Searching for storage: Tintri
I have been a busy boy the past couple of weeks.
Tintri came out to my office on February 20th, 2012 to help get a T540 set up on my network and to show off the features. We received the hardware on the 15th. Doug racked it up, cabled it, and we waited for Monday. Like other appliances the setup only took 10 minutes. Quick, painless. I wish everything was this smooth.
TL;DR: Excellent, predictable performance built for VMware infrastructure.
Few things right off the bat that those looking at Tintri may want to know.
- This is an appliance that I refer to as a ‘one trick pony’ and I don’t mean it to belittle the product but to describe the simple fact it was created to do one thing and one thing only. My tests show it does that one thing very well.
- Referring to the above: there are no upgrades available. The configuration is static.
- There are two controllers in operation as active/passive. Their reason for this is quite sound – in the case of a failure do you want to run with full performance or do you want one controller now burdened. Makes sense to me.
- This is not a general purpose file server. In fact, at the time of this writing, it is only NFS and only integrates with VMware vSphere via vCenter. Integration with vCenter isn’t required but it gives you insight to your virtual machine performance.
The appliance (T540) has 2 controllers and 16 bays for drives. The system is a custom Linux system with an in-house built filesystem. SSDs are the primary storage (there are 8 in the chassis) with 8 more 3 TiB hard disks (16 slots total).
There are 2 1Gbps ethernet ports per controller and they run in active/standby for management.
There are 2 10Gbps copper ethernet ports per controller, and like management they are in active/standby.
You only configure the active controller. The standby controller receives all of its configuration from the active controller.
Deduplication and compression are not adjustable. Period. This is a design consideration, one I agree with for this product.
Here is the disk layout from the UI, and of course it matches the physical as well.
I mentioned above that there is no tuning involved. That is also the case with the filesystem or RAID volume layout. The system is already optimized for virtualization and there are no user tunable knobs or switches.
You can look at VMs directly including performance measurement of each VM or the individual VMDKs. This is also the user interface that gives the option to ‘pin’ a virtual disk into flash. Be careful with this or you could actually make your performance worse by over ‘pin’ing VMDKs instead of letting the appliance decide what is best.
There are only 3 VMs on this storage at this time. The bm-f machine is FreeBSD 8-STABLE, bm-l is Ubuntu 10.04 LTS, and web-1 is a test deployment for updating our FreeBSD 8-STABLE web servers with FreeBSD 9-STABLE. I used the first two systems in my testing and benchmarking with results to be posted at a later date.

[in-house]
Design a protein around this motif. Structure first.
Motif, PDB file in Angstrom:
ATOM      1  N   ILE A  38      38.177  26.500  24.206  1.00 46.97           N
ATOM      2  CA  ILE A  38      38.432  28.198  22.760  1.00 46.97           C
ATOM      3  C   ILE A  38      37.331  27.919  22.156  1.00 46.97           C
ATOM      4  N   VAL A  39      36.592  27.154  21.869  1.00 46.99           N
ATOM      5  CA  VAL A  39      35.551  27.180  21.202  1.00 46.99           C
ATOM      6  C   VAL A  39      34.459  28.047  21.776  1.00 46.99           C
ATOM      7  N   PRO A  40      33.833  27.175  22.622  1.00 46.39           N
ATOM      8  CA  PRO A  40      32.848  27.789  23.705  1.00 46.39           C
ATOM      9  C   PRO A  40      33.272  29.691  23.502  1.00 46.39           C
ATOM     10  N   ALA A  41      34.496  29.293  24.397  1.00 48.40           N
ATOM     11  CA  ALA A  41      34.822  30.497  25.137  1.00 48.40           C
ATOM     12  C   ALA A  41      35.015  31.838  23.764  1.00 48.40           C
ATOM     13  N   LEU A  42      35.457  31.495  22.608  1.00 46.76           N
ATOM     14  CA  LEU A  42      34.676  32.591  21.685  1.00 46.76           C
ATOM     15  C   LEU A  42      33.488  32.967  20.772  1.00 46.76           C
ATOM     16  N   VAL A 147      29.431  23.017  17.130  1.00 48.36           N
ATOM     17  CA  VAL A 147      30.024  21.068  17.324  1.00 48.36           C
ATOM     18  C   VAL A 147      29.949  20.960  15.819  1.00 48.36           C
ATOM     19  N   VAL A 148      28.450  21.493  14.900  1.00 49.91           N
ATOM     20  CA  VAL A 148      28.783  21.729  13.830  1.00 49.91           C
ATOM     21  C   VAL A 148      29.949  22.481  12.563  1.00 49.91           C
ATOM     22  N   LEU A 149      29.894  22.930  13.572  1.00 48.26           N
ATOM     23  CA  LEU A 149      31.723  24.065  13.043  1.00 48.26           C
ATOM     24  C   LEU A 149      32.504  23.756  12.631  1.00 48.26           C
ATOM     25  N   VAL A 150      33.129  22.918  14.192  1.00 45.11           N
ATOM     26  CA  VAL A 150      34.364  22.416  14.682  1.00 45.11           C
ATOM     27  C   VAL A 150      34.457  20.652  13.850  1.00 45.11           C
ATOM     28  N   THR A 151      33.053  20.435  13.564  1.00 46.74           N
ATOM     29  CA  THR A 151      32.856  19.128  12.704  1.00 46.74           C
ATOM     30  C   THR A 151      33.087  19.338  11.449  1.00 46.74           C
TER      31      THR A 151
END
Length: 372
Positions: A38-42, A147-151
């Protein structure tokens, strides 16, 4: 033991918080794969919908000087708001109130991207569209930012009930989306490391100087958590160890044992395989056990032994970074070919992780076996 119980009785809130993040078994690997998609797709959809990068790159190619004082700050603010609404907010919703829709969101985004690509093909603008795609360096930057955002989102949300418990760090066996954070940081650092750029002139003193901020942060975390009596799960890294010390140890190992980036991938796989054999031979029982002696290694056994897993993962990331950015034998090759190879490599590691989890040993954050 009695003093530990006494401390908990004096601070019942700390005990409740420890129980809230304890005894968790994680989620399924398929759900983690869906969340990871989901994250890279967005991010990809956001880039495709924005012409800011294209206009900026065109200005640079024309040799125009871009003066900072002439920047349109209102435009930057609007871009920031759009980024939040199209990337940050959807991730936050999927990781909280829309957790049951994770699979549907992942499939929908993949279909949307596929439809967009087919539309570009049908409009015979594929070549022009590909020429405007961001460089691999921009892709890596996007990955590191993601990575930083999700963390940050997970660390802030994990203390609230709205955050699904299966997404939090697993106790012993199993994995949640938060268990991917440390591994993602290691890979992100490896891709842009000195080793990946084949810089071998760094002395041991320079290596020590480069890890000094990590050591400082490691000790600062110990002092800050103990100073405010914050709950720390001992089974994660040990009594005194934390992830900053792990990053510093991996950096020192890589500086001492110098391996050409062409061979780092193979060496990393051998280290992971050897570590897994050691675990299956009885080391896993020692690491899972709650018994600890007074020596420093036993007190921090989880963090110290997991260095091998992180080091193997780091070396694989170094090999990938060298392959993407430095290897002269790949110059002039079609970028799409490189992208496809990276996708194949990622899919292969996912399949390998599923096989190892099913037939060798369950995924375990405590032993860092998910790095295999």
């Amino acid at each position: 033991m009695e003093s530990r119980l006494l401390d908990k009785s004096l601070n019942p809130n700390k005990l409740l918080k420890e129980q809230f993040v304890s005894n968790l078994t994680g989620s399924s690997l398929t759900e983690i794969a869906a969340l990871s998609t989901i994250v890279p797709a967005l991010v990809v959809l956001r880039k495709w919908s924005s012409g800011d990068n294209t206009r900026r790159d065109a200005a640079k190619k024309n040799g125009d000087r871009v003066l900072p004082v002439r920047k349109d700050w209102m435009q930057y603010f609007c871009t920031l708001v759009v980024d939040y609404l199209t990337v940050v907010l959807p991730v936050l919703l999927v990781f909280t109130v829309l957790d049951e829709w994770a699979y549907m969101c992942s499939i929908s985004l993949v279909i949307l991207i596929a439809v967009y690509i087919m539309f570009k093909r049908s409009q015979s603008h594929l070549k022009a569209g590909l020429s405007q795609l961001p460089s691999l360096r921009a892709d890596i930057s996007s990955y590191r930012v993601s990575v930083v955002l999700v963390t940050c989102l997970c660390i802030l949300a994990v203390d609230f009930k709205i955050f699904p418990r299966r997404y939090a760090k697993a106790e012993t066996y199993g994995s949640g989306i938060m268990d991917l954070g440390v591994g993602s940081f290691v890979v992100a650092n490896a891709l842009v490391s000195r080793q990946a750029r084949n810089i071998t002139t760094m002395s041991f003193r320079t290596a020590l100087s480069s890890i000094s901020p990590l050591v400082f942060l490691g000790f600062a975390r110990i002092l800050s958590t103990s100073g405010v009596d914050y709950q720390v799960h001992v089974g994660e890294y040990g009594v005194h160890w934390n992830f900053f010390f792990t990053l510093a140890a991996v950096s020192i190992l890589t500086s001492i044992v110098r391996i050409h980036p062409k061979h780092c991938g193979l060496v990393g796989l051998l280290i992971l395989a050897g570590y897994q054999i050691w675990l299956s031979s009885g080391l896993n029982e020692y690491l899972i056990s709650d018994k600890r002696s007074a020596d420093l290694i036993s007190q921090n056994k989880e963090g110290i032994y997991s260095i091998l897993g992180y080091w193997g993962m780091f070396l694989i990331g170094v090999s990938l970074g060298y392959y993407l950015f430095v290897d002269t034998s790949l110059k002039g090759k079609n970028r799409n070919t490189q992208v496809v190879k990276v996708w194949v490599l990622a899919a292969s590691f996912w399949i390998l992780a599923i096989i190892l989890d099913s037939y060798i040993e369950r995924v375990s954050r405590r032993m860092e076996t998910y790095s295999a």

About measurement and metrics: SNMP is not supported which limits you to using the web interface. I came away from my discussions with the impression that SNMP is coming in a later release.
This appliance does exactly what it says it will do; give you excellent performance for your virtualization infrastructure without a lot of management or IT hours invested.
It is also the only storage I have touched that gives you insight into where potential latency may lie. During my testing I could watch the host latency jump up while the normalized network, disk, and storage latency stayed within reasonable limits. What does this mean? I was able to see higher host latency than network, disk, or storage when I pushed the virtualization layer hard. This matters because you can now track down performance issues via 4 different points of reference. At the time of this writing I know of no other storage system that can do this.
The interface is very simple and straight forward. As there is no direct tuning you are left with only basic items to configure. Like outgoing SMTP server for notification and vCenter credentials. Simple, effective.
- The system doesn’t support exporting of separate mount points with different parameters, like allocation quotas. For a service provider this is something that I have had to take into consideration and is the only true negative aspect of the unit. You could create directories under the /tintri mount point to get some separation if you want/need to, though the user interface itself doesn’t have any type of permissions to create administrative domain separation.
- It also only has 1 network for exporting of its single NFS volume so plan accordingly.
Contact them and get an evaluation. You will not be disappointed. Check them out – tell them you read about it on this blog! (no, I don’t receive anything for these recommendations but all of us love to know where people find us on the web)
Thanks for reading!